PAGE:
FDA approves first drug-coated balloon catheter

October 10, 2014

FDA approved the Lutonix 035 Drug Coated Balloon (DCB) Catheter (Bard) for percutaneous transluminal angioplasty (PTA), after pre-dilatation, for the treatment of de novo or restenotic lesions up to 150 mm in length in native vascular disease of the superficial femoral or popliteal arteries with reference vessel diameters of 4 mm to 6 mm.

FDA approved the Lutonix 035 Drug Coated Balloon (DCB) Catheter (Bard) for percutaneous transluminal angioplasty (PTA), after pre-dilatation, for the treatment of de novo or restenotic lesions up to 150 mm in length in native vascular disease of the superficial femoral or popliteal arteries with reference vessel diameters of 4 mm to 6 mm.

Lutonix 035 DCB is an angioplasty balloon coated with a therapeutic dose of the drug paclitaxel, and uses standard mechanical dilatation of the vessel to restore blood flow for patients with peripheral arterial disease (PAD) in the femoropopliteal arteries.

It is the first and only FDA-approved DCB in the United States.

“This is another therapy that may improve outcomes in patients with coronary artery disease who need some type of intervention,” said FormularyWatch advisor James M. Wooten, PharmD, associate professor, department of medicine, section of clinical pharmacology, University of Missouri-Kansas City.

“It will be interesting to see how this intervention compares with stenting and if the need for continuous antiplatelet therapy is necessary with this procedure as it is with stents coated with specific immunosuppressive compounds,” Dr Wooten said.

The approval was supported by results of the LEVANT 2 pivotal study, a global, prospective, single-blind, randomized, 54-site study (42 sites in the United States and 12 in Europe) that enrolled all patients under one protocol. At 1 year, the LEVANT 2 study demonstrated improved patency of the Lutonix 035 DCB compared to standard PTA: 73.5% vs. 56.8%, P<.001 by Kaplan-Meier time-to-event analysis. It also demonstrated clinical benefits of sustained improvement in Rutherford Class and improved walking distance scores. The LEVANT 2 study followed a rigorous blinding protocol designed to reduce bias in the results to accurately and scientifically assess and compare the long-term performance of key clinical measures. The LEVANT clinical program, which includes registry data, enrolled more than 1,000 patients and demonstrated robust safety of the device comparable to PTA, including the same low rate of distal embolic events and rate of reintervention for thrombotic events.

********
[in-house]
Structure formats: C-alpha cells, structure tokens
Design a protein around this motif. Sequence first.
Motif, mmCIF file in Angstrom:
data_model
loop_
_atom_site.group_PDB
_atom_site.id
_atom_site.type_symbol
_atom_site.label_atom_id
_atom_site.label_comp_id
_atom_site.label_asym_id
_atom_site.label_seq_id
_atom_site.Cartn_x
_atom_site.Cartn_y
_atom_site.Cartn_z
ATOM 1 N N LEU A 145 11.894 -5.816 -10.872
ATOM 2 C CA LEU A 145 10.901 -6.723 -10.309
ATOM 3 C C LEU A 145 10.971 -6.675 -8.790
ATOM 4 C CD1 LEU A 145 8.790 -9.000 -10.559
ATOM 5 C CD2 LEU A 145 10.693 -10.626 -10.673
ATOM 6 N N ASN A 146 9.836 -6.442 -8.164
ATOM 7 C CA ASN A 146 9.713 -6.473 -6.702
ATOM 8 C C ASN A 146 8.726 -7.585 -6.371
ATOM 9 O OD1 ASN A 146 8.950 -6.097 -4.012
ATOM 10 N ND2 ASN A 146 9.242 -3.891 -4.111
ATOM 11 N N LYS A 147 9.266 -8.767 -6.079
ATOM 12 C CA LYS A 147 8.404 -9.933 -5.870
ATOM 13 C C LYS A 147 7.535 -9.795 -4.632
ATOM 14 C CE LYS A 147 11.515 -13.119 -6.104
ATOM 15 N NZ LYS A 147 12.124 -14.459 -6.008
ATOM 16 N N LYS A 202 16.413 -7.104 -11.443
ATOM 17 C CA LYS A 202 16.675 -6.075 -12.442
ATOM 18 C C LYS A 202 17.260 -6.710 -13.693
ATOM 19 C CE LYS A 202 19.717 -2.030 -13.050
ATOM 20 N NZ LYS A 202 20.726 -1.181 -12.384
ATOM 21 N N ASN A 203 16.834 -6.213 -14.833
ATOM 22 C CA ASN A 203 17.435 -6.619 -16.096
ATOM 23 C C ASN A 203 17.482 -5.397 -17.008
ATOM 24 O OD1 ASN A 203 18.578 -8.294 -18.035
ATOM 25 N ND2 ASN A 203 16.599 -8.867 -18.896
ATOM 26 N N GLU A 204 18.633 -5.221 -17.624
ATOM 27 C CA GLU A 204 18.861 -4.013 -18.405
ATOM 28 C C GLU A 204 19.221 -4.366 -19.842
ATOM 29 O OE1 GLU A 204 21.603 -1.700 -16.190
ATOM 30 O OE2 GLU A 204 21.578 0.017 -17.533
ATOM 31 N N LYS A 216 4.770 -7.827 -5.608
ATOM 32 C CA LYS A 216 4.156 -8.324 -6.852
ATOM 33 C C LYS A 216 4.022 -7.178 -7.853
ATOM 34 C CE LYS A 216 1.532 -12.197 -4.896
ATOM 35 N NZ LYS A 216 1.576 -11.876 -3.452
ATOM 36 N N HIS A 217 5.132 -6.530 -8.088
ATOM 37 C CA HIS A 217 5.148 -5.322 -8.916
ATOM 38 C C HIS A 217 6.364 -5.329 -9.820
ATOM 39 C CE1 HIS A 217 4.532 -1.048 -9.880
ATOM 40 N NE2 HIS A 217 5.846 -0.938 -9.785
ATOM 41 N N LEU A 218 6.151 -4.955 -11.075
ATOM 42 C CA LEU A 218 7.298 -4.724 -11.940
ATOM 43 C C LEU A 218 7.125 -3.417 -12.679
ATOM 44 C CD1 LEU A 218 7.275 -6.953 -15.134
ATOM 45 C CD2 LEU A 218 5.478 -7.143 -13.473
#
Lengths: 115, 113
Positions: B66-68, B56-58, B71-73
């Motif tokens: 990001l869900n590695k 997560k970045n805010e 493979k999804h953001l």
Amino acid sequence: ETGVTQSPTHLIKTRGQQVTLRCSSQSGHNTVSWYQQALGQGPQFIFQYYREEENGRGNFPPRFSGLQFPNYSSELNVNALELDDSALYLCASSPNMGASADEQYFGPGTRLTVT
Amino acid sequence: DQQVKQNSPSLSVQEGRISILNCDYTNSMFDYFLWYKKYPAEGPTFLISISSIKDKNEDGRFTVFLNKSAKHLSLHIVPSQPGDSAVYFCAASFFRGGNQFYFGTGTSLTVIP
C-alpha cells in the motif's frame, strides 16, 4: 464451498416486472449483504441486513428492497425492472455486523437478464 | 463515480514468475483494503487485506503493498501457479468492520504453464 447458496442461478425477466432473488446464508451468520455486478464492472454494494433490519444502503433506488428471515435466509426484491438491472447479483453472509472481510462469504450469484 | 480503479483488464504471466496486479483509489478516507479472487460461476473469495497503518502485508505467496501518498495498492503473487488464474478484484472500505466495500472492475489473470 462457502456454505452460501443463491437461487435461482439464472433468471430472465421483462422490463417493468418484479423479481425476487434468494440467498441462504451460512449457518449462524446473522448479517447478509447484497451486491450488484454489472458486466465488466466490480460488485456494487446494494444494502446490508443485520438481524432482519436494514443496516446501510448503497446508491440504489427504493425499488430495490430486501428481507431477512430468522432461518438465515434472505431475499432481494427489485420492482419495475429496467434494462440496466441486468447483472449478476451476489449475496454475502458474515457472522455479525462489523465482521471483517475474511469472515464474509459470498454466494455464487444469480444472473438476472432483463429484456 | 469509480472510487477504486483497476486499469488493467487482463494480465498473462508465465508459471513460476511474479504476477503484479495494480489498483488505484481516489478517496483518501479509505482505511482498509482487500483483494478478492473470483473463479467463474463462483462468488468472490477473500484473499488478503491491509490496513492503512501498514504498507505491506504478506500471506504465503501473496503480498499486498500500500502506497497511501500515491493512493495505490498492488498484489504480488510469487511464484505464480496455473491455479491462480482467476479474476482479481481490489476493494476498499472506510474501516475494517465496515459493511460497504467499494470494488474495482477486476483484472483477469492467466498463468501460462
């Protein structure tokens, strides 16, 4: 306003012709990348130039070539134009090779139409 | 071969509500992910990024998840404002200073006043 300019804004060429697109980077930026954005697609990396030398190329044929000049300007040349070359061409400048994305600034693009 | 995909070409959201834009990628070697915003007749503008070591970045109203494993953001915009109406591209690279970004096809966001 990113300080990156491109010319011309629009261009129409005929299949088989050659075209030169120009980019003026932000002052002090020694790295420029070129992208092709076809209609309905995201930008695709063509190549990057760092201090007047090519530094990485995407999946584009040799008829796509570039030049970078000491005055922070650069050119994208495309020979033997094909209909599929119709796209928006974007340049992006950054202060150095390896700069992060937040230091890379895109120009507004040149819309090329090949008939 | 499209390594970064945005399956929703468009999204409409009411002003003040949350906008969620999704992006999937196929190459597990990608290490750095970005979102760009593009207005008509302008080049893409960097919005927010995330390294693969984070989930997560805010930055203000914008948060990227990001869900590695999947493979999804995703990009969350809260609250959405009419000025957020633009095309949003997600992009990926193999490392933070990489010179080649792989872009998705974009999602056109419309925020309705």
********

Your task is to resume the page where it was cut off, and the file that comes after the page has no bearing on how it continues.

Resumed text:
The American Heart Association (AHA) estimates that PAD, a life-threatening condition, affects at least 8 million Americans by narrowing arteries and reducing blood flow to the limbs. Patients with PAD in the femoropopliteal arteries are at risk for lower-extremity amputation, particularly in people over aged 50 years. Successful treatment of PAD in the femoropopliteal arteries requires improved blood flow (patency) for longer periods of time. While there are both non-invasive and invasive treatment options for these arteries available, each has associated limitations. PTA is currently the first-line, standard-of-care treatment for PAD, according to the American College of Cardiology and AHA 2011 guidelines; however, it is limited by its relative lack of long-term patency.

The Lutonix 035 DCB has been available commercially in Europe since 2012.

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